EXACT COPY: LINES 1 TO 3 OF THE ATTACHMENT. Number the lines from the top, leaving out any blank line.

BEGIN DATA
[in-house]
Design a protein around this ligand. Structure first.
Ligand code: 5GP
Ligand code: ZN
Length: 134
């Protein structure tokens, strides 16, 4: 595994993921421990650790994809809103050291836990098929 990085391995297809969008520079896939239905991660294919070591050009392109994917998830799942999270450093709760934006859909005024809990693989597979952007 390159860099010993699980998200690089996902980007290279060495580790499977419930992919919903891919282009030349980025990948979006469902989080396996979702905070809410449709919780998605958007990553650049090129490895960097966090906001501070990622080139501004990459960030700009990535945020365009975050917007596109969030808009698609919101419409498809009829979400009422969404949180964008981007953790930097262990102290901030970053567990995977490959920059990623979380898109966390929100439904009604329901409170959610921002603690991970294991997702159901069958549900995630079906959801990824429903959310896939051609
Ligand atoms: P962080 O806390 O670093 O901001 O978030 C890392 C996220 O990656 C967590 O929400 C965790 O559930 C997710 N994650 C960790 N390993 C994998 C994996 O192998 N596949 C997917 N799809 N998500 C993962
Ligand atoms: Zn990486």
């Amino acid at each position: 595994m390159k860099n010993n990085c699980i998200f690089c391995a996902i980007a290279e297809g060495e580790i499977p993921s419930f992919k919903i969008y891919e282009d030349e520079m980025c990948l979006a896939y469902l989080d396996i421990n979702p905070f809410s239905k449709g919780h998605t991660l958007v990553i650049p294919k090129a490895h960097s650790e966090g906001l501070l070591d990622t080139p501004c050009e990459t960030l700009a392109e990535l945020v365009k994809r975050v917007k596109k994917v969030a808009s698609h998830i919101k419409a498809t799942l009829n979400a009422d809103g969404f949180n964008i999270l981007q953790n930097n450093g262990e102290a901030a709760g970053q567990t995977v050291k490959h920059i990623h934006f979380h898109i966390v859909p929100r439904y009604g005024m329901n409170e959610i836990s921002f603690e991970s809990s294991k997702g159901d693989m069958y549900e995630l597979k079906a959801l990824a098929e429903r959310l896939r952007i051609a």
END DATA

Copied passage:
[in-house]
Design a protein around this ligand. Structure first.
Ligand code: 5GP